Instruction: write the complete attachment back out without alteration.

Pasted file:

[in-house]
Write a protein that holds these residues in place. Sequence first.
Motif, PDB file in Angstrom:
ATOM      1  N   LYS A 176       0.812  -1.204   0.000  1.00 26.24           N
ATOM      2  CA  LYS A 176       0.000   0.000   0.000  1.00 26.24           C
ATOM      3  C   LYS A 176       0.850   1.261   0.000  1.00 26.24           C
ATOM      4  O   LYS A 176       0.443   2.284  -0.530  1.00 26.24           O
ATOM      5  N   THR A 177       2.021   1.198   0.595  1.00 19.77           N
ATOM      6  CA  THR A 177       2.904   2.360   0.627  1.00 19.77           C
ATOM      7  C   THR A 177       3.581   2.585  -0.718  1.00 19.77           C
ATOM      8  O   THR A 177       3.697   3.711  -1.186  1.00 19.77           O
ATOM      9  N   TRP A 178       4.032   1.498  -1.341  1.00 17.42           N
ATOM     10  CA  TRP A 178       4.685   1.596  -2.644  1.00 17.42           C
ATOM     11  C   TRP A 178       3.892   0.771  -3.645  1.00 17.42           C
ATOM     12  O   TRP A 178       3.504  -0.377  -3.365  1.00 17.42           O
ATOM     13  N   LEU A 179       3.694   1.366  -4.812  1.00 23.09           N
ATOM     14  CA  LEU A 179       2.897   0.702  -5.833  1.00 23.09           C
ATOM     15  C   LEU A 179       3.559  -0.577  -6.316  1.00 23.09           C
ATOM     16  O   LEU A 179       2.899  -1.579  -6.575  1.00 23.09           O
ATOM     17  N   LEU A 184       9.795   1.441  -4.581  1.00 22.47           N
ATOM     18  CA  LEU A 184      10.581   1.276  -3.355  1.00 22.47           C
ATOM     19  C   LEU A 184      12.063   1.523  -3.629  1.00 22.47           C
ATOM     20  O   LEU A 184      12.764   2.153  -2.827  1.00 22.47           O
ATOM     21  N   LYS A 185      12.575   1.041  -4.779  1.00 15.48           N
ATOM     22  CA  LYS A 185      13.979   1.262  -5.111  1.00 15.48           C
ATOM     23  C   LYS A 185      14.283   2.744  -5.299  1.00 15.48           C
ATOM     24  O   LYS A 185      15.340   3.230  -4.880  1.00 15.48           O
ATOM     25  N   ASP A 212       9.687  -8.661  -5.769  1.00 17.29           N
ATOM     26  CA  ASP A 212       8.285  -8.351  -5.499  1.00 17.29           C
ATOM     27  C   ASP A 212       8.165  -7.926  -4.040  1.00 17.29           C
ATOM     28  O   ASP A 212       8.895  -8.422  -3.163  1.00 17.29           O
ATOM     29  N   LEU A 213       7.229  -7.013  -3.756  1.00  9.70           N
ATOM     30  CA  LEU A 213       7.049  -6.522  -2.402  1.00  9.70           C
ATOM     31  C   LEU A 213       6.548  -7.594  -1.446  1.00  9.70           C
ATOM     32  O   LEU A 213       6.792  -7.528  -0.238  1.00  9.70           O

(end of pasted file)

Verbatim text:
[in-house]
Write a protein that holds these residues in place. Sequence first.
Motif, PDB file in Angstrom:
ATOM      1  N   LYS A 176       0.812  -1.204   0.000  1.00 26.24           N
ATOM      2  CA  LYS A 176       0.000   0.000   0.000  1.00 26.24           C
ATOM      3  C   LYS A 176       0.850   1.261   0.000  1.00 26.24           C
ATOM      4  O   LYS A 176       0.443   2.284  -0.530  1.00 26.24           O
ATOM      5  N   THR A 177       2.021   1.198   0.595  1.00 19.77           N
ATOM      6  CA  THR A 177       2.904   2.360   0.627  1.00 19.77           C
ATOM      7  C   THR A 177       3.581   2.585  -0.718  1.00 19.77           C
ATOM      8  O   THR A 177       3.697   3.711  -1.186  1.00 19.77           O
ATOM      9  N   TRP A 178       4.032   1.498  -1.341  1.00 17.42           N
ATOM     10  CA  TRP A 178       4.685   1.596  -2.644  1.00 17.42           C
ATOM     11  C   TRP A 178       3.892   0.771  -3.645  1.00 17.42           C
ATOM     12  O   TRP A 178       3.504  -0.377  -3.365  1.00 17.42           O
ATOM     13  N   LEU A 179       3.694   1.366  -4.812  1.00 23.09           N
ATOM     14  CA  LEU A 179       2.897   0.702  -5.833  1.00 23.09           C
ATOM     15  C   LEU A 179       3.559  -0.577  -6.316  1.00 23.09           C
ATOM     16  O   LEU A 179       2.899  -1.579  -6.575  1.00 23.09           O
ATOM     17  N   LEU A 184       9.795   1.441  -4.581  1.00 22.47           N
ATOM     18  CA  LEU A 184      10.581   1.276  -3.355  1.00 22.47           C
ATOM     19  C   LEU A 184      12.063   1.523  -3.629  1.00 22.47           C
ATOM     20  O   LEU A 184      12.764   2.153  -2.827  1.00 22.47           O
ATOM     21  N   LYS A 185      12.575   1.041  -4.779  1.00 15.48           N
ATOM     22  CA  LYS A 185      13.979   1.262  -5.111  1.00 15.48           C
ATOM     23  C   LYS A 185      14.283   2.744  -5.299  1.00 15.48           C
ATOM     24  O   LYS A 185      15.340   3.230  -4.880  1.00 15.48           O
ATOM     25  N   ASP A 212       9.687  -8.661  -5.769  1.00 17.29           N
ATOM     26  CA  ASP A 212       8.285  -8.351  -5.499  1.00 17.29           C
ATOM     27  C   ASP A 212       8.165  -7.926  -4.040  1.00 17.29           C
ATOM     28  O   ASP A 212       8.895  -8.422  -3.163  1.00 17.29           O
ATOM     29  N   LEU A 213       7.229  -7.013  -3.756  1.00  9.70           N
ATOM     30  CA  LEU A 213       7.049  -6.522  -2.402  1.00  9.70           C
ATOM     31  C   LEU A 213       6.548  -7.594  -1.446  1.00  9.70           C
ATOM     32  O   LEU A 213       6.792  -7.528  -0.238  1.00  9.70           O